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Rediff.com  » News » PM must be a leader and not just a reader: Jaitley

PM must be a leader and not just a reader: Jaitley

April 19, 2014 15:37 IST

A day after the Prime Minister’s Office sought to counter the perception that Manmohan Singh has been "weak" in his tenure, senior Bharatiya Janata Party leader Arun Jaitley on Saturday took potshots at him.

"In India, the Prime Minister's read out speeches were not being heard by the people. They are no longer remembered or talked about. The PMO is right. Statistically, the Prime Minister was speaking, factually, he was not being heard," Jaitley, wrote in his blog.

The BJP leader who is fighting his maiden Lok Sabha polls from Amritsar against former Punjab Chief Minister and Congress nominee, Amarinder Singh, further added, "the Prime Minister walked on snow, but did not leave any footprints".

Jailtey wrote that in response to controversy created by two recently published books including the one by PM's former Media Adviser Sanjaya Baru, the PMO has clarified that in the last 10 years, the Prime Minister had delivered around 1,200 speeches.

"The PMO thought that this would counter the charge that Prime Minister Manmohan Singh was not a 'speaking' Prime Minister," Jaitley said.

"He must be heard with attention. He must be a leader and not just a reader," Jaitley said.

The BJP veteran also took a dig at Rahul Gandhi's brother-in-law Robert Vadra.

"Congratulations to Mr Robert Vadra. He has made it to the Wall Street Journal. The Vadra business model requires the research paper to be prepared by a key business analyst," Jaitley has said.

Targeting Vadra, Jaitley wrote: "Start a business without any investment. Investment will flow as loans and advances which is a synonym for political equity. Use these loans to buy property at fraction of the market cost."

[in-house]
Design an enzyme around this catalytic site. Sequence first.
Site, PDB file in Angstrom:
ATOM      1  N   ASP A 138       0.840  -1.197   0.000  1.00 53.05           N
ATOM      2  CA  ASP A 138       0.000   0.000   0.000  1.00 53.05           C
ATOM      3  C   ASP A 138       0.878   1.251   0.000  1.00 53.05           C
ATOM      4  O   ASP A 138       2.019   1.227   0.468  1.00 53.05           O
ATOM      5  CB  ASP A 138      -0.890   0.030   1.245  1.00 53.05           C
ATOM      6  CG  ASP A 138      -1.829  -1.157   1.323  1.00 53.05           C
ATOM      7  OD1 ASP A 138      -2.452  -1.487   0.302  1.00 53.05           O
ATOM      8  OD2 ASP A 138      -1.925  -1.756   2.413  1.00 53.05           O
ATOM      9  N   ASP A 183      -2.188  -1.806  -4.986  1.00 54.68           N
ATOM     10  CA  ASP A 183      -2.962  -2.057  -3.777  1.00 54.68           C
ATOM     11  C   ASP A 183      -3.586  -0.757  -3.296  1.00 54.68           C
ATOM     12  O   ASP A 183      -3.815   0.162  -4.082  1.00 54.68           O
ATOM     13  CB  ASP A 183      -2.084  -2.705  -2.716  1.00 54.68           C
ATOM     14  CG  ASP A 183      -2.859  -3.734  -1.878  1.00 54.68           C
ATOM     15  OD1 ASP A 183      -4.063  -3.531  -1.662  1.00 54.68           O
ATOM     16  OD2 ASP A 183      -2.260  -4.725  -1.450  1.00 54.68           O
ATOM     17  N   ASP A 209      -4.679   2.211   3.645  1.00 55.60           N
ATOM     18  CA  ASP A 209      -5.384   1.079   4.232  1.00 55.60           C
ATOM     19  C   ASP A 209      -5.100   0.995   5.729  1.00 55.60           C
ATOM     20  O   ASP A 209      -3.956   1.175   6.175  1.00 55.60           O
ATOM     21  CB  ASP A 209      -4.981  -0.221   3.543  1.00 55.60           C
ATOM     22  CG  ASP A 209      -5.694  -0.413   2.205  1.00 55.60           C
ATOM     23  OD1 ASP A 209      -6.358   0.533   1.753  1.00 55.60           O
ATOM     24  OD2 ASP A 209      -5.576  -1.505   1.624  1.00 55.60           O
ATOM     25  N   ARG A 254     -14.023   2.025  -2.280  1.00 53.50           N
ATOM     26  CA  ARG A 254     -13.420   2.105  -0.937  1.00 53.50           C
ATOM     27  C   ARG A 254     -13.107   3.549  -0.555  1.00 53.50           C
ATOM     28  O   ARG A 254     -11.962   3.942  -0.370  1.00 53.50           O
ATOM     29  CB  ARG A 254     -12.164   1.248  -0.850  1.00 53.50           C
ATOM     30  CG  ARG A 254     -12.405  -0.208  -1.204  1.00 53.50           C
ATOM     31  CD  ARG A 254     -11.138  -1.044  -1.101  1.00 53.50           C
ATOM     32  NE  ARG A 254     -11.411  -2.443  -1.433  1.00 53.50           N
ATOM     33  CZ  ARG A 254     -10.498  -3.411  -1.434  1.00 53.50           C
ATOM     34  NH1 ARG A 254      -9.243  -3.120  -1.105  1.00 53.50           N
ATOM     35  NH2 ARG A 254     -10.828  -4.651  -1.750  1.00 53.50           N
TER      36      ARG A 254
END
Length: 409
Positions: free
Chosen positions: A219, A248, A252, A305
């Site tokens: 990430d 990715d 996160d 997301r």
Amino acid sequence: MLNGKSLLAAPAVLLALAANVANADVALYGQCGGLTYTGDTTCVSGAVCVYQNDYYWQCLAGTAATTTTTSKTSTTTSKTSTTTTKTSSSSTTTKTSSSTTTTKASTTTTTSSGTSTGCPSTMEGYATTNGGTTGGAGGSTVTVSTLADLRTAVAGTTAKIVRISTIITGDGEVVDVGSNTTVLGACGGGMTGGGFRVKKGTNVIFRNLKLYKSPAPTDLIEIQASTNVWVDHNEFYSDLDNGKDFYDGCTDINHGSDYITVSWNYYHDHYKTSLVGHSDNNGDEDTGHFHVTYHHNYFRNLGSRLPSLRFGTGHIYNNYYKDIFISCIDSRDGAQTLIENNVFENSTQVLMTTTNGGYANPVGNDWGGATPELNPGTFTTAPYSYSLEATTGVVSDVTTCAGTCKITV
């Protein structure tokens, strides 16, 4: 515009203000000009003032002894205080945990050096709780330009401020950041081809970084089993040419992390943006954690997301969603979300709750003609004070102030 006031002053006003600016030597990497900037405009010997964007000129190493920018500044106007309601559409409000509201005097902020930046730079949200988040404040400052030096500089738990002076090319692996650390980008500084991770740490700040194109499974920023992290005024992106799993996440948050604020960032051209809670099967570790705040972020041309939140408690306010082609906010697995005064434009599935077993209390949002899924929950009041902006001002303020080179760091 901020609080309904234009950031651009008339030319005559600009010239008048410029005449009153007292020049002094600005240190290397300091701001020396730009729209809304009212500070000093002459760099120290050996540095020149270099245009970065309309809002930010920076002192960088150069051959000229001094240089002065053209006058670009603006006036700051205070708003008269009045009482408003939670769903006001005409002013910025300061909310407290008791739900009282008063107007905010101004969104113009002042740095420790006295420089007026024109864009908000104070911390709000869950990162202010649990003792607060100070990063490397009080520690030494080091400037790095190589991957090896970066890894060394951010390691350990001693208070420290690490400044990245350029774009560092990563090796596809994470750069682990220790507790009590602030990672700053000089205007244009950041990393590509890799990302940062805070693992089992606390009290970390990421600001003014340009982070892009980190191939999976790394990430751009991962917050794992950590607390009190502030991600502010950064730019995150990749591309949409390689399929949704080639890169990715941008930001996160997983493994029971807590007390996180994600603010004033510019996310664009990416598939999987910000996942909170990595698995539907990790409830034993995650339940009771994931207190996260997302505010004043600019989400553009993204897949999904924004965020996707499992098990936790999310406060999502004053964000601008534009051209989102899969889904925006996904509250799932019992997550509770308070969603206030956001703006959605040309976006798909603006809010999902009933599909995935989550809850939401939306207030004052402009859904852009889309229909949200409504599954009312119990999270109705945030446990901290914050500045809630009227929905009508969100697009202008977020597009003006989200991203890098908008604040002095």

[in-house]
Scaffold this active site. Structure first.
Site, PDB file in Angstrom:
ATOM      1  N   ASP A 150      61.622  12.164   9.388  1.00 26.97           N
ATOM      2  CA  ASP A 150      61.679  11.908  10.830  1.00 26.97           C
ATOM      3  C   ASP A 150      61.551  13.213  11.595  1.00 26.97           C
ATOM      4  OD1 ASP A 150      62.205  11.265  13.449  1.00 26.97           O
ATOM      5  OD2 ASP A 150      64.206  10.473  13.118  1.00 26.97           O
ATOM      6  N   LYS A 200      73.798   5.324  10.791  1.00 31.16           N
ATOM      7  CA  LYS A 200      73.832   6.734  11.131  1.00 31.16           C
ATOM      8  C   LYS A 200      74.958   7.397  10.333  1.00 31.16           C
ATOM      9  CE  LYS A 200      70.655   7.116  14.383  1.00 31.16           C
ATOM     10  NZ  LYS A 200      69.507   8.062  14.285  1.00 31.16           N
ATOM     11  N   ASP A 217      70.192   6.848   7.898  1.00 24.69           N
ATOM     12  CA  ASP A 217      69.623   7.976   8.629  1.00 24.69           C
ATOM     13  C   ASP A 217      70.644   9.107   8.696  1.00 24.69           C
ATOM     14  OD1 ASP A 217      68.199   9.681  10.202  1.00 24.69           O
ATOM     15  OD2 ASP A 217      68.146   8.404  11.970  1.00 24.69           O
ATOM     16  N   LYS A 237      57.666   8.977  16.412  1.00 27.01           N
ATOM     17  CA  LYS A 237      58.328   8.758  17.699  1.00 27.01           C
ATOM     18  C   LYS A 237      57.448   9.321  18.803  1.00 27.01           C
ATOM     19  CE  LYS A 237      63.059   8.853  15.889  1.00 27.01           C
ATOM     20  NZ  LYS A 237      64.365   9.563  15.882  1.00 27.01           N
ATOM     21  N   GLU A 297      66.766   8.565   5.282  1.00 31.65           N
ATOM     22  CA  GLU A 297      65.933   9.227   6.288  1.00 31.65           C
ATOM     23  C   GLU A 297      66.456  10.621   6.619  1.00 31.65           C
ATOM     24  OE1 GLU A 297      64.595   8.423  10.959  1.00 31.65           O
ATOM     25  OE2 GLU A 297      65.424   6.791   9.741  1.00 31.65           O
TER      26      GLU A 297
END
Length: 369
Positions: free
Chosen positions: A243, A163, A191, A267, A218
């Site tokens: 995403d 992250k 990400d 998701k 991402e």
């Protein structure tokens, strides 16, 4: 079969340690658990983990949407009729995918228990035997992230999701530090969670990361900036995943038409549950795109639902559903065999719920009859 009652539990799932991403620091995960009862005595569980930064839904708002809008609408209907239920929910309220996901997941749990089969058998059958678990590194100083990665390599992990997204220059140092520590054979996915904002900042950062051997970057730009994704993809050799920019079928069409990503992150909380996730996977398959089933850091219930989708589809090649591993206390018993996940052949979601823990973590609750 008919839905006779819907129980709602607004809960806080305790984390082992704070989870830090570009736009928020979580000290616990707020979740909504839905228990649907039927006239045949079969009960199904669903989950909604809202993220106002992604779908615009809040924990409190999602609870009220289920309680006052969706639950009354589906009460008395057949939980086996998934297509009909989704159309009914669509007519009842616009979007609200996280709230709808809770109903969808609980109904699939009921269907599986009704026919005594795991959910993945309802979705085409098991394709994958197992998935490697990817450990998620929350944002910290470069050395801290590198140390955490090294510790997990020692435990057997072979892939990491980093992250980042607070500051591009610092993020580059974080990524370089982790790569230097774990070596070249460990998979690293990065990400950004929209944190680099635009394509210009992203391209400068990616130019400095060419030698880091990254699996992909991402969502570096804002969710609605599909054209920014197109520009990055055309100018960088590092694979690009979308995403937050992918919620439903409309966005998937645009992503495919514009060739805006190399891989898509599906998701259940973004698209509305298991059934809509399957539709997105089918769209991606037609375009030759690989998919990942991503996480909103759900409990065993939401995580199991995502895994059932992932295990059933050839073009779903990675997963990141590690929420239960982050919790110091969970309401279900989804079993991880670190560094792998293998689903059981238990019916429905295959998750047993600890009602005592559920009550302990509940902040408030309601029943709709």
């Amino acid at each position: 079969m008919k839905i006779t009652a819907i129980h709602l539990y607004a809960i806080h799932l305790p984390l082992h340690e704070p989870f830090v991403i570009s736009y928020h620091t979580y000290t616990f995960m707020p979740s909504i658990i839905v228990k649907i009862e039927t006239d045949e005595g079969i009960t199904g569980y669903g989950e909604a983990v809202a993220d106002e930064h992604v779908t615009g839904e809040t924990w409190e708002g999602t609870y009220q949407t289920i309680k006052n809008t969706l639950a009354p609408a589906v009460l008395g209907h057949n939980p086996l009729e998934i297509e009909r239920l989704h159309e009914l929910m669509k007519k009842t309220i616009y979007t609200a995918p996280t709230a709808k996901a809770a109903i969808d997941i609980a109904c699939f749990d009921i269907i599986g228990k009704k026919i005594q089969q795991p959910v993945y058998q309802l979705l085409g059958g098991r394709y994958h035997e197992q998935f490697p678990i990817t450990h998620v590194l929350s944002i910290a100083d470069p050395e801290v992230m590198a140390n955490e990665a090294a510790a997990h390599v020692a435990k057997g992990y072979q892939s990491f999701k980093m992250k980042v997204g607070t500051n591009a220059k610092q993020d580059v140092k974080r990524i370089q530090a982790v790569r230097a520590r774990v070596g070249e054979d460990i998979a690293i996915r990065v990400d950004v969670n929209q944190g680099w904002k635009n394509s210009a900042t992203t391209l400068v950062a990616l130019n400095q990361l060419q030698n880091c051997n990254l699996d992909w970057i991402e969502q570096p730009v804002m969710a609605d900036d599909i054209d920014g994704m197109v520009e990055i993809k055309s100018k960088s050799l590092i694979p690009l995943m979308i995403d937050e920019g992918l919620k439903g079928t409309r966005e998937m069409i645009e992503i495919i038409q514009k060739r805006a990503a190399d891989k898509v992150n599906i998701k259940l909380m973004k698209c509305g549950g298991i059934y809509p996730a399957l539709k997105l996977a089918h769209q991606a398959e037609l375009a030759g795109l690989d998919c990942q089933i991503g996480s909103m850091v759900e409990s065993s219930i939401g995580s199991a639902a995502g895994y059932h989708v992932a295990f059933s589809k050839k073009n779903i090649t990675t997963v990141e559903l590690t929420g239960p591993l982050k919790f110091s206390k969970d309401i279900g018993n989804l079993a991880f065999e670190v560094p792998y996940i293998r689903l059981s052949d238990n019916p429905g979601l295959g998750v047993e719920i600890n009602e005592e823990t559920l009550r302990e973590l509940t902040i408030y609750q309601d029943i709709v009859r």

Jaitley, who is facing a tough battle at the husting in Amritsar further said "Many people are willing to sell property for an inadequate consideration, accumulate a land and a property bank with the patronage of the state. Sell off some properties and repay the original loan. The rest is all yours with no liabilities. So far this business model has raised only eyebrows. It is time it raises serious questions. That is what the Wall Street Journal has done."

Jaitley said that the Prime Minister is the key political executive of the country and must "command both moral and political authority".

"Prime Minister is the face of Indian democracy. His opinion shapes policy. He provides leadership. People look up to him for solutions. A Prime Minister cannot be low-key. He must arouse confidence in people. He must appear confident about offering solutions. He must be a top mass leader of the ruling coalition," the BJP leader said.

In an interaction with reporters at New Delhi yesterday, Prime Minister's Communications Adviser, Pankaj Pachauri had said that economic data shows unprecedented development in the last decade which would have been impossible if Manmohan Singh had been "weak", countering the damaging claims made by Baru.

Jaitley said that a Prime Minister must be communicative.

Making a reference to US President Barack Obama, who during his visit to India earlier, had delivered several important speeches including one in the Central Hall of Parliament and "impressed" one and all.

"During the presidential banquet in his (Obama's) honour, I had an opportunity to interact with the key draftsmen of his speeches. Each of his speeches were prepared by an expert and vetted by a group of officials and eventually by the President himself. Most of the speeches were read out from the teleprompter. The teleprompter had a transparent screen. We, in the audience, thought it was an extempore speech. But the President was reading from the two teleprompters even in the Central Hall of Parliament. The impact that his delivery and diction created was huge," he wrote.

Jaitley was also unsparing in his attack on former Indian cricketer Bishan Singh Bedi, who was in Amritsar on Friday and had heaped praises on the BJP leader’s Congress rival Amarinder Singh.

"My friend Bishen Bedi was in Amritsar yesterday. This was the visit with a difference. He came to campaign for a political party (Congress) which has provided India the most dishonest government in history. He came to campaign for a candidate who is accused under the Prevention of Corruption Act. Bishen has always been a crusader even if he crusades for an immoral cause," he wrote on Bedi. 

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